Hendricks, standing in a jubilant locker room around 10:45 p.m., said it was the most animated Hunter has ever been with the team. “I think it was just his demeanor. You know, ‘We’ve made it this far. Let’s go out and win the game.’ ”
In the thunderclap moment Joel Ward punched home that Mike Knuble rebound, the Capitals incredibly seized Game 7 and this dead-even heirloom of a Stanley Cup playoff series, beating the Boston Bruins, knocking out a defending champion for the first time in franchise history.
Despite just a 2-7 Game 7 mark coming in, the Capitals actually had history on their side. They had Hunter, the only player in league annals to twice score the game-winning goal in overtime playoff games to end a series.
As a player then and as a coach now, The Eliminator had done it again.
Amid the nerves and the angst knowing one team would go home, he trudged nonchalantly around the TD Garden Wednesday, looking almost bored by it all. So unmoved by the moment, he could have been the Zamboni driver smoothing over a patch of ice instead of the coach of the road team playing a Game 7 on the home ice of the defending Stanley Cup champions.
“Don’t you feel pressure?” a team official asked.
“Pressure?” Hunter replied. “This is fun.”
“I just told them to go out there and have fun,” he said afterward on the dais, his defensive style finally vindicated in the most euphoric way possible.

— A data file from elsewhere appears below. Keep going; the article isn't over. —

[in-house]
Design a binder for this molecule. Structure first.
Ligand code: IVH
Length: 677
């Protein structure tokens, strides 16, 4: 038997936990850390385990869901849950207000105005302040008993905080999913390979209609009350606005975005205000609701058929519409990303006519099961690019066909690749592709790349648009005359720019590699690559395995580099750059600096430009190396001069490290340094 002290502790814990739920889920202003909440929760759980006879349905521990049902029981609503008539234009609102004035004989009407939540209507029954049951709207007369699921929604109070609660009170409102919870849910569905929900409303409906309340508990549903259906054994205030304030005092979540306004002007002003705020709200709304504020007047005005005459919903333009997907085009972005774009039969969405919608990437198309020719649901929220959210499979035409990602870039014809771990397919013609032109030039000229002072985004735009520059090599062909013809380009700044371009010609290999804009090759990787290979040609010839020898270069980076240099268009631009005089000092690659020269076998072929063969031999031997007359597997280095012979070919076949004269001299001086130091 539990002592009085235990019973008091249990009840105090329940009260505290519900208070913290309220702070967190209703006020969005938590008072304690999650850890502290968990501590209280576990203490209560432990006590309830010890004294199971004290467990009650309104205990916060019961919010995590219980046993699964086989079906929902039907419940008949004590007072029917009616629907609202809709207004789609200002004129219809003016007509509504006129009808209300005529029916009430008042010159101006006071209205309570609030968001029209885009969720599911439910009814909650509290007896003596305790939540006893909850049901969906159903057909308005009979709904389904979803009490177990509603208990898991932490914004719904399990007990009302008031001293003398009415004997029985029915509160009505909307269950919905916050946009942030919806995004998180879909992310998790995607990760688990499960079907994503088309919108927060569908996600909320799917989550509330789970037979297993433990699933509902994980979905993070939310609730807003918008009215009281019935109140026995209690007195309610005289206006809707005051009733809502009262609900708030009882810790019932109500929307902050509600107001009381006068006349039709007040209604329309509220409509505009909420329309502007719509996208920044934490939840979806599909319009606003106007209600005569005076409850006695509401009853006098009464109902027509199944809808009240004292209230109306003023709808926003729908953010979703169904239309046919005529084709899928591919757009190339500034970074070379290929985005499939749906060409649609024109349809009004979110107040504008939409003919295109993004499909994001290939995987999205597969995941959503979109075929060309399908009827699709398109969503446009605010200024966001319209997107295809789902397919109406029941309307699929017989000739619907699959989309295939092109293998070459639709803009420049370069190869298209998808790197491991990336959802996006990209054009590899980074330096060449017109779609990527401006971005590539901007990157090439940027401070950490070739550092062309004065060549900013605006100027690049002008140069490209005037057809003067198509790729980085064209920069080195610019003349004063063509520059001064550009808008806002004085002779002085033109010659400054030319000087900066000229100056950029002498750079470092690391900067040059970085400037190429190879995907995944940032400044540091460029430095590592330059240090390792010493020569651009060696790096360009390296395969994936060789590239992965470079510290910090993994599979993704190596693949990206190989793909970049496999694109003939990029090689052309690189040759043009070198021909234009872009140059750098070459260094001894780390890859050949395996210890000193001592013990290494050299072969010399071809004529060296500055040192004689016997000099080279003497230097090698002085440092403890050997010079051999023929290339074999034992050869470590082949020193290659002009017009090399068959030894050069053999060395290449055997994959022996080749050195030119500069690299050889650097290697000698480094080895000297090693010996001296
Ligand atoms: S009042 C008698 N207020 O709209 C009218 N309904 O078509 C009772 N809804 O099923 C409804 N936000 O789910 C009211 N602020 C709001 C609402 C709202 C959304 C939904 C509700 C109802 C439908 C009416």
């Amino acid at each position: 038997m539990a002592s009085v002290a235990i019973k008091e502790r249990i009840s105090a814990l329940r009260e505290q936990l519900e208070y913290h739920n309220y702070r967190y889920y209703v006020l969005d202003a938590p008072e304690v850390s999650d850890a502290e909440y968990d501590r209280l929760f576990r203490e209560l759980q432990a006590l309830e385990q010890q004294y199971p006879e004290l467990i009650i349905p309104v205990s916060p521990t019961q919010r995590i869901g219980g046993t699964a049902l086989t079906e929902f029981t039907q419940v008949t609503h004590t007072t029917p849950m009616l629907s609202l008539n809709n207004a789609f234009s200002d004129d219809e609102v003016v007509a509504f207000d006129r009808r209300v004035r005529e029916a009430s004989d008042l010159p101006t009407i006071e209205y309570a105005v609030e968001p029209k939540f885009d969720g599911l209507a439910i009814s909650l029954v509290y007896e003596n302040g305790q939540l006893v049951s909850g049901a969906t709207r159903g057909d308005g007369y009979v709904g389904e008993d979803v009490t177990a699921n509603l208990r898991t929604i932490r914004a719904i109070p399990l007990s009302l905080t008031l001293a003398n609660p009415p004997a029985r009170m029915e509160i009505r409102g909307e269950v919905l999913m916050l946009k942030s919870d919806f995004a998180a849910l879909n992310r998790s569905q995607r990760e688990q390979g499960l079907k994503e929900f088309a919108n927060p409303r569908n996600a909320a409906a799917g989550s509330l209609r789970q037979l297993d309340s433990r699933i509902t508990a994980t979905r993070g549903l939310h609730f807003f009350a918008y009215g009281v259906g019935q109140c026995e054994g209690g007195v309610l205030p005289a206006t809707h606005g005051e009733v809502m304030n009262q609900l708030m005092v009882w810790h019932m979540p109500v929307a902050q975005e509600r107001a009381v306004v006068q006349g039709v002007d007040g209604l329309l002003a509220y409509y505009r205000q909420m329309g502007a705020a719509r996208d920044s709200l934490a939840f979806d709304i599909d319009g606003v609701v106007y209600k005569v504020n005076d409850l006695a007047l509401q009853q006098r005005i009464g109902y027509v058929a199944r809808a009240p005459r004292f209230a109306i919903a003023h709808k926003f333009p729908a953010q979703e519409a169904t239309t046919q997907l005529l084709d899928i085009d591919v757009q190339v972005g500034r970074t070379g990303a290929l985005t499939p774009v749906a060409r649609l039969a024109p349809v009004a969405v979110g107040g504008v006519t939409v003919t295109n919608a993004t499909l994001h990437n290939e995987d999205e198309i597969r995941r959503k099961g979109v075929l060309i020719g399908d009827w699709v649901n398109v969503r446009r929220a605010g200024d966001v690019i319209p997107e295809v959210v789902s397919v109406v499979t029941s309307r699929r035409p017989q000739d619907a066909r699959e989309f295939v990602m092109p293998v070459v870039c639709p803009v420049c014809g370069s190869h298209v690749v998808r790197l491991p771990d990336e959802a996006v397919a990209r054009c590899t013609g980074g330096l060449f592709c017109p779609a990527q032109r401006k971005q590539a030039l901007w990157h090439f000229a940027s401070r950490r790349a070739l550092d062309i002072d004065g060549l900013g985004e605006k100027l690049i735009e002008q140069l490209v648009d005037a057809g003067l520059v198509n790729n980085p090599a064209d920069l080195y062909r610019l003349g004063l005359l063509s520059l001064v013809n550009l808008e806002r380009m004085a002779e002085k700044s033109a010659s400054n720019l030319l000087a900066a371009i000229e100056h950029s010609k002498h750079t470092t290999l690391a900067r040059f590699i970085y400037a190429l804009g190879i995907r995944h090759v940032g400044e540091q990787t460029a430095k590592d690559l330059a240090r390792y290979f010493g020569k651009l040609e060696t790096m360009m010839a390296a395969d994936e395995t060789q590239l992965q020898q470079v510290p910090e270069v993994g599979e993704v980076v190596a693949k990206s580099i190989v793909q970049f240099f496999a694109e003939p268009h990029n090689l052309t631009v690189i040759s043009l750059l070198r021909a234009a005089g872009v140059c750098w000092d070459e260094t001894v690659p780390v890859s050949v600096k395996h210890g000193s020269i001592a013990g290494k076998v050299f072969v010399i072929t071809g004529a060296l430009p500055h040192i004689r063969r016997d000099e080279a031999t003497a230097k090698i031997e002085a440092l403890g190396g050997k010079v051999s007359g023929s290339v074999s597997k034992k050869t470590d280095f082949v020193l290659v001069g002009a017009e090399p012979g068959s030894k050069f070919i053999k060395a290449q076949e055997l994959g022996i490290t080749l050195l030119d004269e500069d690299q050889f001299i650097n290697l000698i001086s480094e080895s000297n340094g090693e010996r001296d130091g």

This was a hairpin of a series, the first in league history to have all seven games decided by one goal. Four of the seven games went to overtime. Only once in 400-plus minutes of hockey did either team ever hold a two-goal lead — and Boston erased both in a mere 28 seconds in a beauty of a Game 5.
General Manager George McPhee’s decision to bring Hunter in after firing Bruce Boudreau in late November was a move said, in this space, to be the wrong one with two weeks to play in what looked like a depressing end to an underachieving season.
But if the Caps go even one more round, it’s going to be hard to back that theory.
They found themselves late and played with purpose and passion to get in. Then they played Hunter’s dump-chase-and-defend game as well as it can be played against the Bruins, using an economy of energy to poke pucks away at the last possible second in front of rookie goaltender Braden Holtby.
A word about Holtby: unflinching. At 22 years old, he was golden in goal — especially given his counterpart for Boston, Tim Thomas, was one of the top three goalies in the game and he saw and stopped 42 more shots than Thomas before overtime of Game 7.